How real-time payments erased borders for coronavirus-era commerce

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With consumers and merchants alike sharing the need to be paid faster, the case for adopting real-time payments globally has quickly advanced during the COVID-19 pandemic.

Banks and technology providers are more clearly seeing the benefits of real-time payments as the pandemic persists. But it's an arena they have been laser focused on for several years now, with a goal of making real-time payments the norm. The pandemic hasn't changed the strategy behind the need for real-time payments; it has just put a brighter spotlight on it.

For more than three years, IBM has used its Watson platform to attract partnerships with payments providers to drive embedded and faster payments across various devices and cloud connections. Now the company is being asked a lot more questions about faster payments.

"Our clients are asking why they can't pay everyone with faster payments," said Doug Cox, general manager and vice president of commercial payments at IBM. "And the one consistent need we see is this aggressive shift, in part because of the pandemic, to real-time payments."

IBM has responded by "transitioning our technology to enable our clients to seamlessly integrate to private clouds as well as leverage other external clouds for scale with real-time payments," Cox said this week at the virtual Mobile Payments Conference. "We are seeing real-time payments growth at rates nearing 50%."

It doesn't hurt any merchant acquirer, or provider or proponent of real-time payments gateways in the U.S., that the technology landscape is getting cluttered with workable and adaptable options.

Zelle and Venmo's popularity illustrate consumer awareness and comfort with faster payments through P2P apps, a payments equation that only a year or two ago didn't seem likely to spread — in part, because providers had not established use cases or strategies to make the payment method a revenue generator. But during the pandemic, these P2P systems became lifesavers for consumers and gig workers following stay-at-home mandates.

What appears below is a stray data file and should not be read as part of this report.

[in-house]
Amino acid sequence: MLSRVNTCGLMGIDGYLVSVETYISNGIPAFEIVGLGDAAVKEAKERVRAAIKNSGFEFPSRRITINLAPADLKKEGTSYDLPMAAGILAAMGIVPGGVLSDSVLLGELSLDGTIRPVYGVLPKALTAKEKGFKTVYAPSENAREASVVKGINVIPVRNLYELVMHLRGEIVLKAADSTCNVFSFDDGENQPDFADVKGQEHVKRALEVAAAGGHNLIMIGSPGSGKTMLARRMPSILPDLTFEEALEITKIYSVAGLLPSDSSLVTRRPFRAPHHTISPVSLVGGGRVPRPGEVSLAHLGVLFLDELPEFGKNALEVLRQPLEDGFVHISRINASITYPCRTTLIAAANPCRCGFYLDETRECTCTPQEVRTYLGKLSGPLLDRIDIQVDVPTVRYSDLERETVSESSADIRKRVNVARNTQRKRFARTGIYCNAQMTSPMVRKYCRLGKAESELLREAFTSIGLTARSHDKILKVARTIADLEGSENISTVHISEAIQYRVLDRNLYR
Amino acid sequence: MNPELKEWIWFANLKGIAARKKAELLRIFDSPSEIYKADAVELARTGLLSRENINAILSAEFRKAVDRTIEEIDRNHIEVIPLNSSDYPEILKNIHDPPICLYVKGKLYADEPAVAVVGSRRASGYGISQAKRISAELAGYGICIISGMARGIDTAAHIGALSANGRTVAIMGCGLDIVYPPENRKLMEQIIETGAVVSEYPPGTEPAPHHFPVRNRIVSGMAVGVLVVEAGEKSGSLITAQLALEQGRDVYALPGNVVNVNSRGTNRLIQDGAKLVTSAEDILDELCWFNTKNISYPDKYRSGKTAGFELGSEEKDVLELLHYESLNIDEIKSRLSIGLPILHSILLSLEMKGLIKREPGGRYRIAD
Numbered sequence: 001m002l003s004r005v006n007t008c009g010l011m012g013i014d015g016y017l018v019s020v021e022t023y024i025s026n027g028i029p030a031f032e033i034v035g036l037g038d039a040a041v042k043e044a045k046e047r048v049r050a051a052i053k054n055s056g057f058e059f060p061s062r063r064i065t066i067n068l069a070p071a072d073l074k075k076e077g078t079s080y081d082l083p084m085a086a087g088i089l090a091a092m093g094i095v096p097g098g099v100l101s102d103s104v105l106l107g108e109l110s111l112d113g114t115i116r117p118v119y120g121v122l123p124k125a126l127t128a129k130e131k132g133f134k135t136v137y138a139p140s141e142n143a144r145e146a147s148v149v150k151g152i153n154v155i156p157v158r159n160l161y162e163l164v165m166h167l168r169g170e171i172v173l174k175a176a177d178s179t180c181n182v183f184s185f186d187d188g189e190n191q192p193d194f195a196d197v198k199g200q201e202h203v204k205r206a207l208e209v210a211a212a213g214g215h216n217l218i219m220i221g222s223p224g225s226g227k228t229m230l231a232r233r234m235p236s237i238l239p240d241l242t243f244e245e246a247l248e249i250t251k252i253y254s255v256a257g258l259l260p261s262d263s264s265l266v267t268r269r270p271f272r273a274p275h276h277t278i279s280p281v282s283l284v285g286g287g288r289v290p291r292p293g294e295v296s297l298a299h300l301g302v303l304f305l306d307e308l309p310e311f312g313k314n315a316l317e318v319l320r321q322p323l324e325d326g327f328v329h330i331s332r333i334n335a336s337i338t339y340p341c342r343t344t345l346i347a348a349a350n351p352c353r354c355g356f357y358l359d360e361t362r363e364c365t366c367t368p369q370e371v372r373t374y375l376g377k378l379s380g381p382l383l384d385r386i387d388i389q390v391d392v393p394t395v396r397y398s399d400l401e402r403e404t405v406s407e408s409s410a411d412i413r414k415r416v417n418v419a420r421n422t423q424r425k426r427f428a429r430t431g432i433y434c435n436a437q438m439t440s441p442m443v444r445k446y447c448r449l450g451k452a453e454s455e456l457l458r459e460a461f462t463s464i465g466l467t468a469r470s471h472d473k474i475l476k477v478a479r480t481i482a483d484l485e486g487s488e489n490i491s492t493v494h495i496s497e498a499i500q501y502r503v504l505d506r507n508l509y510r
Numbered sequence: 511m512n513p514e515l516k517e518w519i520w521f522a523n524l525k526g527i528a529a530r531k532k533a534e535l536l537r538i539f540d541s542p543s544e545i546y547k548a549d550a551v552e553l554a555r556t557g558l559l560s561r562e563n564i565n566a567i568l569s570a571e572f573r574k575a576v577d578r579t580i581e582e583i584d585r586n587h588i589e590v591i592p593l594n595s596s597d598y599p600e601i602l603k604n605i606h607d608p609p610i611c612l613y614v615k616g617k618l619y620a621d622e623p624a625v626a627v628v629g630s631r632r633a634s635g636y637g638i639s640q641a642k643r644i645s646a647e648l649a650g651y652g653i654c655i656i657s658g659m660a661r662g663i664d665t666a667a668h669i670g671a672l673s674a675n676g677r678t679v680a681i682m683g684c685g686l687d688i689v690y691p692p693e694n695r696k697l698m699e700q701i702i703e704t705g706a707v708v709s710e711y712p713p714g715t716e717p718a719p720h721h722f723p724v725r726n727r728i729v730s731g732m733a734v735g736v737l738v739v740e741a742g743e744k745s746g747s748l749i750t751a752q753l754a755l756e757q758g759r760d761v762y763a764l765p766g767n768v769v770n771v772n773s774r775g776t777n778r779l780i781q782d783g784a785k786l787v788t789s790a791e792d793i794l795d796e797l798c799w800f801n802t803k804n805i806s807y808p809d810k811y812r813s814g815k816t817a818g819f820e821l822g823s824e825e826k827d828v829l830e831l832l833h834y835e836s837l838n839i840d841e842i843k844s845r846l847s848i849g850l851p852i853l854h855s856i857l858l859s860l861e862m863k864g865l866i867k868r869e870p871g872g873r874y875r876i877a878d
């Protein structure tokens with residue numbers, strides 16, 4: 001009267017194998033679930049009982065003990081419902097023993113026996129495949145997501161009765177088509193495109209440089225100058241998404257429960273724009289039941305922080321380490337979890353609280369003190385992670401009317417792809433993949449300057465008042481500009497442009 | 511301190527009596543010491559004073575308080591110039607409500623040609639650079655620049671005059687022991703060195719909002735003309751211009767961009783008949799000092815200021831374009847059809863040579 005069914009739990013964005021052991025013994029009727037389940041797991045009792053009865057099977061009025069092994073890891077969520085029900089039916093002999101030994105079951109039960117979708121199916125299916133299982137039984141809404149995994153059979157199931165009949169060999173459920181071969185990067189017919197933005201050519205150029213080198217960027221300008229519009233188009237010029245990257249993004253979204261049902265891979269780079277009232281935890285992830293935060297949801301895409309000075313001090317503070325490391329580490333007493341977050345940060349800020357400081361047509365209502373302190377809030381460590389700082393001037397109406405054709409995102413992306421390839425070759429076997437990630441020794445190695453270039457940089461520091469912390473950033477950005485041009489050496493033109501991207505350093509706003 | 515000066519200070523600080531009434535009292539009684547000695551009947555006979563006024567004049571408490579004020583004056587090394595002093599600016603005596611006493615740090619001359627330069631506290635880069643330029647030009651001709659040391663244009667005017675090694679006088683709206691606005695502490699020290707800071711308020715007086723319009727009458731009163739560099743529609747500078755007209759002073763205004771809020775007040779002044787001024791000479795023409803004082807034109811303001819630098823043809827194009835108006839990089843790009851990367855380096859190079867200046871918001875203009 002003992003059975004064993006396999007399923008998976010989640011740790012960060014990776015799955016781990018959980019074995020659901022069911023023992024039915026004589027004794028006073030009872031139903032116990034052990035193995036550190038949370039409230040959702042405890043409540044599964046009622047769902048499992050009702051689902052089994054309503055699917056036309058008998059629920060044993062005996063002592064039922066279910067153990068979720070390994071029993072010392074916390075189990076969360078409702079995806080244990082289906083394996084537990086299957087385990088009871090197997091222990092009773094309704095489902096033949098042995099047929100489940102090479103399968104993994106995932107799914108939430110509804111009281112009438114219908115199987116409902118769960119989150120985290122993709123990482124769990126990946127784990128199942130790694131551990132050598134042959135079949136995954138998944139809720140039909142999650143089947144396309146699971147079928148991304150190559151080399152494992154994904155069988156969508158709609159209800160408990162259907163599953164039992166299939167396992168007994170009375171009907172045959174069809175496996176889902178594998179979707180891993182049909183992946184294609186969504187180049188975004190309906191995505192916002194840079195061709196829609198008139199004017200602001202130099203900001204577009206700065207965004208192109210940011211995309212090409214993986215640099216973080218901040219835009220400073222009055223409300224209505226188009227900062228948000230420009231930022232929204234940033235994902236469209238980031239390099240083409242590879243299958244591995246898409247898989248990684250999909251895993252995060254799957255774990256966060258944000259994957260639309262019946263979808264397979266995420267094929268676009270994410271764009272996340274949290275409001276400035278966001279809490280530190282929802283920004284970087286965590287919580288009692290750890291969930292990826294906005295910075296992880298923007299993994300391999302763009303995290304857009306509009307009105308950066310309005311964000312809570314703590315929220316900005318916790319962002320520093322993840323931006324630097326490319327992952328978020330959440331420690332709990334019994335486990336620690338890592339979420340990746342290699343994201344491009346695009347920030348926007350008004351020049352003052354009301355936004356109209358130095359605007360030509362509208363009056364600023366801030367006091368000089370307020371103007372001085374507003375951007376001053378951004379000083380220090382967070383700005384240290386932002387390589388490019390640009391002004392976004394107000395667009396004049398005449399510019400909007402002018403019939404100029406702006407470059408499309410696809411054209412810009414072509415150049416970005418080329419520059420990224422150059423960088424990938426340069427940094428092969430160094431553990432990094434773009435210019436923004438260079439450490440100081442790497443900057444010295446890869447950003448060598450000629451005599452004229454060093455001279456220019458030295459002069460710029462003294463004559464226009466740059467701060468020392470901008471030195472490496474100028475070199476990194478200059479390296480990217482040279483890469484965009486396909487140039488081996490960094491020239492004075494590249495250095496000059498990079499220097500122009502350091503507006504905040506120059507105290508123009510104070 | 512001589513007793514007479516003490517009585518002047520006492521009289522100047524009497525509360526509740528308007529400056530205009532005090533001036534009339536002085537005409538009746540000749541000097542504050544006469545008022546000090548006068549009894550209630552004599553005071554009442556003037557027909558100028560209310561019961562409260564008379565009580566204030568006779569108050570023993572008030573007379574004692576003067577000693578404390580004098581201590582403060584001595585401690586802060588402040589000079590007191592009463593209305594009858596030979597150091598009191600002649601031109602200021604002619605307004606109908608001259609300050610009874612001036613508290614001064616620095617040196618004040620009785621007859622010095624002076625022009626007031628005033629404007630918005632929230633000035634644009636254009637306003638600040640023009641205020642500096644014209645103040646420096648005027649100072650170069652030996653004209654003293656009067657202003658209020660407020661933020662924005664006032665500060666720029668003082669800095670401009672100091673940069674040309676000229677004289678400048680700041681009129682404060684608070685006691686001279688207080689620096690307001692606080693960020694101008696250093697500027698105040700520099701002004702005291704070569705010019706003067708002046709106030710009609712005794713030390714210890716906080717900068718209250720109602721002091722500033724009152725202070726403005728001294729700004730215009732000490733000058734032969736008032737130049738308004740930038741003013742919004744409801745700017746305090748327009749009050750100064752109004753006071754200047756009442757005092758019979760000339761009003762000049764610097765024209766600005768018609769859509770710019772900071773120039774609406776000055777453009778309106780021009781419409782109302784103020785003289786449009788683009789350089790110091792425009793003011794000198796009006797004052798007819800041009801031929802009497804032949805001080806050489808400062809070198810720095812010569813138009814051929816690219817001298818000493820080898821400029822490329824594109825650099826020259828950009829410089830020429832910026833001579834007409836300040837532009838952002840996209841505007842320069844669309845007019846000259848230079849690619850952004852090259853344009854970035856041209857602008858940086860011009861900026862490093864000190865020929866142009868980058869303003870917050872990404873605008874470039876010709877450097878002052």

The Clearing House launched its Real-Time Payments network nearly three years ago, and earlier this year raised its transactional limit for single payments to $100,000, a move that allowed it to compete with other networks. The Fed's Same-Day ACH faster payment service has a $25,000 single transaction limit.

FedNow, the Federal Reserve's planned real-time payments network, hopes to establish a ubiquitous real-time platform for consumers and businesses alike.

Initially planned with a 2024 time frame, Federal Reserve officials had hinted FedNow could launch earlier if development moved along quicker than expected. But most recently, and in part because of pandemic setbacks and other focuses for the banking system, it seems certain the original launch timetable is back in place.

"The Clearing House RTP has been in market for three years now, and 60% of the country's banks are connected, and we will have FedNow launching its service in three years, so that will give us two networks in the U.S.," said Peter Gordon, head of enterprise money movement at U.S. Bank. "That is good, because competition is good."

Compared to some other countries, the U.S. seems to move at more of a snail's pace in terms of RTP advancements.

Those involved in U.S. payments understand that the launching and adoption of a real-time payments network takes a long time because "we don't have the political appetite to mandate anything around real-time payments," Gordon said. "Those of us in the industry will be the ones to figure this out and move things forward, and ultimately, that will make for a better solution and more partners being involved. That is the power of the system we have here in the U.S."

How they'll pay in Brazil

Brazil provides an example of how a system promoted and mandated through a central bank can establish near-instant ubiquity.

Brazil's central bank is preparing to launch the Brazil Instant Payments Scheme, or PIX, in November as the single brand for instant payment functions in the country.

In many ways, Brazil's instant payment scheme will be the envy of many faster payments developers and researchers, mainly because the Banco Central do Brasil is making it mandatory for all banks to adopt, and for payment processors to obtain licenses. Right out of the gate, the QR-code-based system will serve more than 500,000 active customer accounts, from checking to savings and prepaid.

But a PIX branded wallet and digital account for payments and wire transfers is targeting the 120 million Brazilians with bank accounts, said Alexandre Pinto, head of development and innovation at Actminds Research, a company providing core banking systems in Brazil and working to enact PIX.